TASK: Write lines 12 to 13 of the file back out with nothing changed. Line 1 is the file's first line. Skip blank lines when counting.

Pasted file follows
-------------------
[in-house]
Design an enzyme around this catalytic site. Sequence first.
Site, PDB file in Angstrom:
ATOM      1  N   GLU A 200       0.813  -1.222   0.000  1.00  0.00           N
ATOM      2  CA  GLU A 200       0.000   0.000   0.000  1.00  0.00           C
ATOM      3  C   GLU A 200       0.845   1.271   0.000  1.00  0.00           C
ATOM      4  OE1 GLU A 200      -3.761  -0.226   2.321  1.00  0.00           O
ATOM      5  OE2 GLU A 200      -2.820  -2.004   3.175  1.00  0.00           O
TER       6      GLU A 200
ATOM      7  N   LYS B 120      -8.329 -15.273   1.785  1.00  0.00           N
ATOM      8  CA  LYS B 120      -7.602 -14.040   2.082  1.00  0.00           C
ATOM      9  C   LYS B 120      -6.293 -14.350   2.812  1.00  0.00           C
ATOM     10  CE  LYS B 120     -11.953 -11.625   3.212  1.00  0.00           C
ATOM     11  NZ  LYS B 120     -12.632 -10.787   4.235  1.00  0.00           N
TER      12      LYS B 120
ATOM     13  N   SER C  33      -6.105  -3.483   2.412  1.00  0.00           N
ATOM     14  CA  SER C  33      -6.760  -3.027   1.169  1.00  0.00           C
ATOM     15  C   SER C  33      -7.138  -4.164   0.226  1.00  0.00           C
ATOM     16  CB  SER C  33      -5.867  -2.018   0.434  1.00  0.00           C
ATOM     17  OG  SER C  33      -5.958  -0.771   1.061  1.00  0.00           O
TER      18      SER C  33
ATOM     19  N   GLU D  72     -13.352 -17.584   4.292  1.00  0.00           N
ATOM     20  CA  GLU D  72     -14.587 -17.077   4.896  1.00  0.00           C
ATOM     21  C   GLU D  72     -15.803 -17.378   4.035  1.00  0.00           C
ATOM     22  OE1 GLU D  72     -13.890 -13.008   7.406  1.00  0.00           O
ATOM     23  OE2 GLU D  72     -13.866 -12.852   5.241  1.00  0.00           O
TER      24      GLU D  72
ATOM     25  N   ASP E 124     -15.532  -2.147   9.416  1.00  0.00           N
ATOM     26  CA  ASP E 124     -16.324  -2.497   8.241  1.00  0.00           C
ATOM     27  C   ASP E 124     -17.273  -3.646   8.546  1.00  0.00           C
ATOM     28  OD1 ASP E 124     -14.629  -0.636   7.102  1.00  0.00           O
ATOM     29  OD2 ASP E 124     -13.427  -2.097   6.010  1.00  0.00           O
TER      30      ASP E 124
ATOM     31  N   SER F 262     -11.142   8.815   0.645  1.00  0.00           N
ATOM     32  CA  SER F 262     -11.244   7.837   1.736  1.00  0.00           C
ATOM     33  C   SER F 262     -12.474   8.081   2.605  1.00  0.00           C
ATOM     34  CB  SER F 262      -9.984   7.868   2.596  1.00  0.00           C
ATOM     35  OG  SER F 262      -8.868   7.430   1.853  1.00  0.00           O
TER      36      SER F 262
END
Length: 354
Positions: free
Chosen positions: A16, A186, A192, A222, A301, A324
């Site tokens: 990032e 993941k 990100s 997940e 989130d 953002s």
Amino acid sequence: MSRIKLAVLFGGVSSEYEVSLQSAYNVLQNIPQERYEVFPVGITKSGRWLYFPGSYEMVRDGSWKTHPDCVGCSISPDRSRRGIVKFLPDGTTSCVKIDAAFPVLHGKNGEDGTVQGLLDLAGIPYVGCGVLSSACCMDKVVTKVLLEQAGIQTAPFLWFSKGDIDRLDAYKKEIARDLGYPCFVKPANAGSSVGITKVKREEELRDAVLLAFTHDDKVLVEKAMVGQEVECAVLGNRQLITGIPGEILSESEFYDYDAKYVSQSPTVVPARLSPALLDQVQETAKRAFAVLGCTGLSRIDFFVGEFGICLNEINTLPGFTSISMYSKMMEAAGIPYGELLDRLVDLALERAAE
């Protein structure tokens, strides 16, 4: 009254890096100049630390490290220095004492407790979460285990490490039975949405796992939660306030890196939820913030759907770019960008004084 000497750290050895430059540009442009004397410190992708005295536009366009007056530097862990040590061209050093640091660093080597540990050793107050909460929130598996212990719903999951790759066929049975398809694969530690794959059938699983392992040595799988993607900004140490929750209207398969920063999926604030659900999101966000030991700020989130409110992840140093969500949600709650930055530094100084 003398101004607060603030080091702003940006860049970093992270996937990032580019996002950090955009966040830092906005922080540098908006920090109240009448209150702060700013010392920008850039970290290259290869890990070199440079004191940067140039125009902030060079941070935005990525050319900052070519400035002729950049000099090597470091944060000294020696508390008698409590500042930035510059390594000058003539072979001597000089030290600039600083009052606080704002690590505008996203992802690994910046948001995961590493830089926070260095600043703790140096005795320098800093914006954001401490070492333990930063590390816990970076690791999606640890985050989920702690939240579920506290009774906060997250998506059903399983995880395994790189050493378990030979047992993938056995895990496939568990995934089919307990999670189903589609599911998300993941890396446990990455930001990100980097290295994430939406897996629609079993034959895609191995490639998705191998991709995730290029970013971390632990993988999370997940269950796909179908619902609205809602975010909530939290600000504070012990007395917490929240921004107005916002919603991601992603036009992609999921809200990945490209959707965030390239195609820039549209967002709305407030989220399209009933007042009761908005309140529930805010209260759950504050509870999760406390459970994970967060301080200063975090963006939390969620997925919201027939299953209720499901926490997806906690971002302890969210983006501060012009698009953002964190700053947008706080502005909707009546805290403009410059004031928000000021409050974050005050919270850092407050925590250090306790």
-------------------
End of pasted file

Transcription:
ATOM      9  C   LYS B 120      -6.293 -14.350   2.812  1.00  0.00           C
ATOM     10  CE  LYS B 120     -11.953 -11.625   3.212  1.00  0.00           C